EL PASO, Texas (KTSM) — With kids at home more as El Paso schools remain closed, some children watched the siege at the U.S. Capitol from their living rooms.
Dr. Carleton Brown, a University of Texas at El Paso Assistance Professor of Educational Psychology, said the first thing parents should do is listen.
“I do think children do have concerns,” said Brown. “You want to listen to their concerns, listen to their type of questions that they’re asking, the things that they wonder about. You do want to validate their feelings and their emotions.”
Brown added that while children learn about the government in school, it’s important that parents also talk about what it means to live in a democratic society, saying that it’s a good time to teach children about respecting different viewpoints.
“Make it clear that we all belong in this society, despite our different viewpoints, encouraging active listening skills,” said Brown. “I heard what you said, I can repeat what you just said to me, I can understand what you’re saying and then I get the opportunity to get my view across.”
Brown explained that it’s important how parents express their emotions regarding political issues because kids are watching their parents. Brown explained that everyone experiences both emotional losses and emotional wins, but it’s all about how you deal with those wins and losses.
“Emotional win means how do we treat others who have opposing viewpoints who suffered an emotional loss. You know, we need to treat them with dignity and respect as well. For those who have emotional loss, we need to take that seriously because it can be the key to ambiguous grief,” said Brown.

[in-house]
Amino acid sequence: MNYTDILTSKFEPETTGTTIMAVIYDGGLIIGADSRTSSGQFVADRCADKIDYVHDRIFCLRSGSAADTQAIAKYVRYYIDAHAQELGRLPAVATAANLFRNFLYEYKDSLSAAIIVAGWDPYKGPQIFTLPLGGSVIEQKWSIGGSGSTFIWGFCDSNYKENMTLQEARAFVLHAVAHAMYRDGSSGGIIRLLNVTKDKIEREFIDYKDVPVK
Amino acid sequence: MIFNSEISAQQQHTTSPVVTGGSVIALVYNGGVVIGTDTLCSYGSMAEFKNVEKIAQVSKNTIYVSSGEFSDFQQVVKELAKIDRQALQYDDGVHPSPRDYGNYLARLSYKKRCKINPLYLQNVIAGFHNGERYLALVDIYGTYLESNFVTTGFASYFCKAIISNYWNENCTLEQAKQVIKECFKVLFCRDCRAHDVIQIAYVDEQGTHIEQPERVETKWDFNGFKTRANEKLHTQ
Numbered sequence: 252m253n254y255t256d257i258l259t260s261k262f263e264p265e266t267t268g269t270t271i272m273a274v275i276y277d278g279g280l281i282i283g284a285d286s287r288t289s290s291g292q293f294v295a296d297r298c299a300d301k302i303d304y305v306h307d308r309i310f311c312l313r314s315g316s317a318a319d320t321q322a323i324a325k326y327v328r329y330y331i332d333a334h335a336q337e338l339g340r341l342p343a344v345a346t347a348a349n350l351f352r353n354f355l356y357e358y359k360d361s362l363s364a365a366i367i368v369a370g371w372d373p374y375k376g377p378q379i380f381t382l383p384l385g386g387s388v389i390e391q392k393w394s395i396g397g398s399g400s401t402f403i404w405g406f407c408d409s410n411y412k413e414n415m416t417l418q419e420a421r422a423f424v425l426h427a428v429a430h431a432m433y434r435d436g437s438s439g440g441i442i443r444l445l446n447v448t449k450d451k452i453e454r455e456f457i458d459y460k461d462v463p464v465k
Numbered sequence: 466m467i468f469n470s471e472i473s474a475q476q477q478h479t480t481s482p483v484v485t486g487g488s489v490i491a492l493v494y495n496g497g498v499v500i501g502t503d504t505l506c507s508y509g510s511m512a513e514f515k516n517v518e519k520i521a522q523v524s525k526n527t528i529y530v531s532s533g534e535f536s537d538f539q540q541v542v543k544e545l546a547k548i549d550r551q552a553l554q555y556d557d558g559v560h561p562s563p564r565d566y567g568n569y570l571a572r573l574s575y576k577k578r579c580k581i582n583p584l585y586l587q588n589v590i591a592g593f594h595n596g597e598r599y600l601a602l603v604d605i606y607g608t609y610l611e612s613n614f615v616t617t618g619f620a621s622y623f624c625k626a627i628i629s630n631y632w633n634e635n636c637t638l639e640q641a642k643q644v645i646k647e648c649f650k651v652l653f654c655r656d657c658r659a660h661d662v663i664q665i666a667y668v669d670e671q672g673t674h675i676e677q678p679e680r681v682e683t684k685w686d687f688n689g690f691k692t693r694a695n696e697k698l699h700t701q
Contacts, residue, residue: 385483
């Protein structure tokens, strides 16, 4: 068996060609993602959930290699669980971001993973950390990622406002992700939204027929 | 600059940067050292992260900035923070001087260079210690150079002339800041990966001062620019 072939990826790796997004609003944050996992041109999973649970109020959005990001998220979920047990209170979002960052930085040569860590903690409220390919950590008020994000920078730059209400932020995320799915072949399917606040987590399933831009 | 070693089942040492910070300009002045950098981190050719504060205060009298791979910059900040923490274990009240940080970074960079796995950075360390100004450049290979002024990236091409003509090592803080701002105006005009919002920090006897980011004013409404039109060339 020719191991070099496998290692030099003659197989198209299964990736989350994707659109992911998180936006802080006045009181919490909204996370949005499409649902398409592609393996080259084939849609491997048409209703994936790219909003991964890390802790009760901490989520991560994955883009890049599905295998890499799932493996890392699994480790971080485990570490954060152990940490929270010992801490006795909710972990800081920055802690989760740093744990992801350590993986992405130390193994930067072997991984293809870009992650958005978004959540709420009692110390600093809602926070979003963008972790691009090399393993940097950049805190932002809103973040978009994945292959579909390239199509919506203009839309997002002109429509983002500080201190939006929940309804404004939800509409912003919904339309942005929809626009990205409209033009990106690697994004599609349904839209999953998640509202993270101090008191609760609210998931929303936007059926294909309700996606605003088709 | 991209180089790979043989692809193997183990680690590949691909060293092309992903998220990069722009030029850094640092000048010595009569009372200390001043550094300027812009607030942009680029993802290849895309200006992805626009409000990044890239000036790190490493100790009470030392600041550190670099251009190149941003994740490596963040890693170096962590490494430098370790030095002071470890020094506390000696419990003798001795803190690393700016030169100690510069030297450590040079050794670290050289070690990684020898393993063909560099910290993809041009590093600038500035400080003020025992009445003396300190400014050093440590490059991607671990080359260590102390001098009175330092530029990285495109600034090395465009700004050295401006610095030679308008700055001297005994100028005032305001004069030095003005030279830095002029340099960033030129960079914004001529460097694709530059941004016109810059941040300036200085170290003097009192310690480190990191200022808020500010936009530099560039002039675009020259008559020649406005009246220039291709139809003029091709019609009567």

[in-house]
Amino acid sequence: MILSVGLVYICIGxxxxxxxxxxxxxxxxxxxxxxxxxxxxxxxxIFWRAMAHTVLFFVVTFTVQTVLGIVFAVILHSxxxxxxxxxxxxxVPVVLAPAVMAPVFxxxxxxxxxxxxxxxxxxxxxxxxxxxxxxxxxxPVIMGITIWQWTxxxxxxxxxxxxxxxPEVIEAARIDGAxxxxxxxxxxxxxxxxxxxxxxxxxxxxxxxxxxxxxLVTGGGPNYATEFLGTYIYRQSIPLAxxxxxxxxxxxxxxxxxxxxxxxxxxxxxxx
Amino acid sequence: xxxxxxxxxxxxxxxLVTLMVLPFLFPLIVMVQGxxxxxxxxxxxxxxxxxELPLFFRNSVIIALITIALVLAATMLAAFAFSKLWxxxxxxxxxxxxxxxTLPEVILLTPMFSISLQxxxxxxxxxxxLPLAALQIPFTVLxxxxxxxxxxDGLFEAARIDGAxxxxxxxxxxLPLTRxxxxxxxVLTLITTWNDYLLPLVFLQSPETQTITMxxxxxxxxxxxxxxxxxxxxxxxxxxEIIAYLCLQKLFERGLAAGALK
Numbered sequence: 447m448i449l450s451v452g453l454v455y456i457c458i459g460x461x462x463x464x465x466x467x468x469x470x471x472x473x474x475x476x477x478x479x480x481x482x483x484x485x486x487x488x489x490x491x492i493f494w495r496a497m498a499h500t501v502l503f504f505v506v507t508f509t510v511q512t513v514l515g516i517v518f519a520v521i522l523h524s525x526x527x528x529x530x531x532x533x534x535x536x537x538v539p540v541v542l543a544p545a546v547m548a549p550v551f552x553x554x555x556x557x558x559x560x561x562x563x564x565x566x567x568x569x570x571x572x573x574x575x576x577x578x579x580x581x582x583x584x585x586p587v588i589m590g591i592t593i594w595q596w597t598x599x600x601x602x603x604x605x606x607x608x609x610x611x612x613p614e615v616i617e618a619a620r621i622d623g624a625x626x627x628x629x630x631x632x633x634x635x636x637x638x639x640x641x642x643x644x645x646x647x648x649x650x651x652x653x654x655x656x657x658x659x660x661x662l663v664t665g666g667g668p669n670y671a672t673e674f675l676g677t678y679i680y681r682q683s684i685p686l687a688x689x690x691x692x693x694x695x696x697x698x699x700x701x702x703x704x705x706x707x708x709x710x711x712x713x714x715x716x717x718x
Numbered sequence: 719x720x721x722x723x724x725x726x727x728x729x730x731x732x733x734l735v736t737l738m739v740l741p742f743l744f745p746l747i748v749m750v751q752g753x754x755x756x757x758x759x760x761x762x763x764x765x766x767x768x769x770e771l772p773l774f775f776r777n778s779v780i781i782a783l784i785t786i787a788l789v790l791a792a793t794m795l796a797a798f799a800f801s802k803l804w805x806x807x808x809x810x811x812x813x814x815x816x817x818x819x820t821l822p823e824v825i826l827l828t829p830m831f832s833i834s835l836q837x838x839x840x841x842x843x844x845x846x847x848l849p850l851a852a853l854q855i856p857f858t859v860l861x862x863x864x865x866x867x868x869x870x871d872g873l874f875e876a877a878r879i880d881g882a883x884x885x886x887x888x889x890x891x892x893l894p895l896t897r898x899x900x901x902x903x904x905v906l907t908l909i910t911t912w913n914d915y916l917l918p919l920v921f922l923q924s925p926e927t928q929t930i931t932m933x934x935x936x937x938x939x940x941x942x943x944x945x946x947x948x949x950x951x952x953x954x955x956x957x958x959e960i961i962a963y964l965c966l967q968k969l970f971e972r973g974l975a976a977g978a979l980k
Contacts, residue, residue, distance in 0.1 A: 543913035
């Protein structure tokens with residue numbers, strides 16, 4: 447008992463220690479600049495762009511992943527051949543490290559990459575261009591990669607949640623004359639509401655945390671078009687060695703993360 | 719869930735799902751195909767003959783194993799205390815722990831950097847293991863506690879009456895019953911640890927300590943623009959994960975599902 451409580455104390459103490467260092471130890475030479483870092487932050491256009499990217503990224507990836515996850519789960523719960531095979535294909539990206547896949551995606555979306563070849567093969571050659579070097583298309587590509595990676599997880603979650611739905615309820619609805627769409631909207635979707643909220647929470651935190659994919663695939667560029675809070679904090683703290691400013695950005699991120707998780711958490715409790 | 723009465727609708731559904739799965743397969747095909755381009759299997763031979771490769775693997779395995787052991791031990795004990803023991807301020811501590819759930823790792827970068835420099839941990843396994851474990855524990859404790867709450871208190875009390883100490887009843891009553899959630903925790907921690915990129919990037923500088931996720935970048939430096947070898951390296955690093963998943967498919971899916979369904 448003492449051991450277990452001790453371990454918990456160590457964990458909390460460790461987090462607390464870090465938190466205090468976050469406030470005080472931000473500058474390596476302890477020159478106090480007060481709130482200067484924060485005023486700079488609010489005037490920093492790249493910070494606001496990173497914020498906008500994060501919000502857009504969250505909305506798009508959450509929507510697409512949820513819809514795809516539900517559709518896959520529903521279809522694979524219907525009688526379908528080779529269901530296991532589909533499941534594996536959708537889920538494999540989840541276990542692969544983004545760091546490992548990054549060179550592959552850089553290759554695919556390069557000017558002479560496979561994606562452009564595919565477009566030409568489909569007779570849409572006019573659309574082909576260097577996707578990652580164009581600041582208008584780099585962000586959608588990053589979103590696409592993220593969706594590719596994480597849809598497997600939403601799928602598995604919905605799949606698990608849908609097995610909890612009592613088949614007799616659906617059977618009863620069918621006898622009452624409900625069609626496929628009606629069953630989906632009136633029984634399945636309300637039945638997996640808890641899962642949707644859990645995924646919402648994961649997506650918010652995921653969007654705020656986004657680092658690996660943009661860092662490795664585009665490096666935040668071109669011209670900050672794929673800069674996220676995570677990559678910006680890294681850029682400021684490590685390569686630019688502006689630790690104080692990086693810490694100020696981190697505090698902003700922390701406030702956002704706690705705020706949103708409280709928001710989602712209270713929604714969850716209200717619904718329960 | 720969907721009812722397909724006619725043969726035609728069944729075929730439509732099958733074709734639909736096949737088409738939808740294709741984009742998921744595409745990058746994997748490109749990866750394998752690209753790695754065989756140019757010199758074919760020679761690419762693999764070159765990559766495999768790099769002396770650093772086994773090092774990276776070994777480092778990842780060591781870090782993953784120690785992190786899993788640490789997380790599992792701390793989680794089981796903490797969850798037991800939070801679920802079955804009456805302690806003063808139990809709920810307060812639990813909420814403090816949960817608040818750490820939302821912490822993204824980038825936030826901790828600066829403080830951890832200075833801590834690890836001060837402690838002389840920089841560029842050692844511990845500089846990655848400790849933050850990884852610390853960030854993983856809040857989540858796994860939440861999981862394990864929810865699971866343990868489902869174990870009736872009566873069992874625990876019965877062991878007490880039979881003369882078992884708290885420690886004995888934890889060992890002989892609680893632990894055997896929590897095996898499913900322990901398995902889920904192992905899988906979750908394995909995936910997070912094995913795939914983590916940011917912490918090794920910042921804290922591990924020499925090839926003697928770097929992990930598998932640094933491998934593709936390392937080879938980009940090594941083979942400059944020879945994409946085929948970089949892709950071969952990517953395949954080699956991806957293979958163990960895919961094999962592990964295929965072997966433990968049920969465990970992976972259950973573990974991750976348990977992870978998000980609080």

Brown added that, for teenagers, it’s important to explain that extreme ideas, viewpoints and actions have consequences.
“It’s important that our youth, our teenagers, our young adults understand what are the consequences for those types of actions. Not only in the short term, but also long term to our democracy and to our individual lifestyles as well,” said Brown.
One El Paso mother Joanne Arias has three boys ages eleven, ten, and seven. Arias tells KTSM 9 News she allowed her older children to watch the news but only for a short period of time.
“In a limited amount just so they know what’s going on,” said Arias. “But we do talk politics with them, especially the older one quiet a bit and so we did explain it. But if we thought it was too much we turned it off, so maybe just a few minuets so they know what’s going on.”
Saying her son John Paul asks a lot of questions.
“Yeah, I think so I get to learn about it more,” said John Paul Arias, Joanne’s son.
Another El Paso mother, Mary Gutierrez has five children ages eight, six, four, two, and a nine-week-old. Gutierrez explains that her kids are watching TV more now that they are home and not going to school. However, she says usually she and her husband watch the news without the children, but still thinks it’s important to talk to them about what’s going on.
“That way when they have friends and they grow older they will always know that there are two sides to a story whether it be our president or anything that they come in conflict with, with their friends in the future,” said Gutierrez.
- EPLA Education Minute- Building Relationships
- The Southwest prepares for possible first Water Shortage Declaration
- ‘Heartbroken’: What we know about the 3 victims of the Austin shooting
- LIVE: Fort Hood unveils gate named in honor of U.S. Army soldier Vanessa Guillén
- Four weekend shootings in Las Cruces results in four injured persons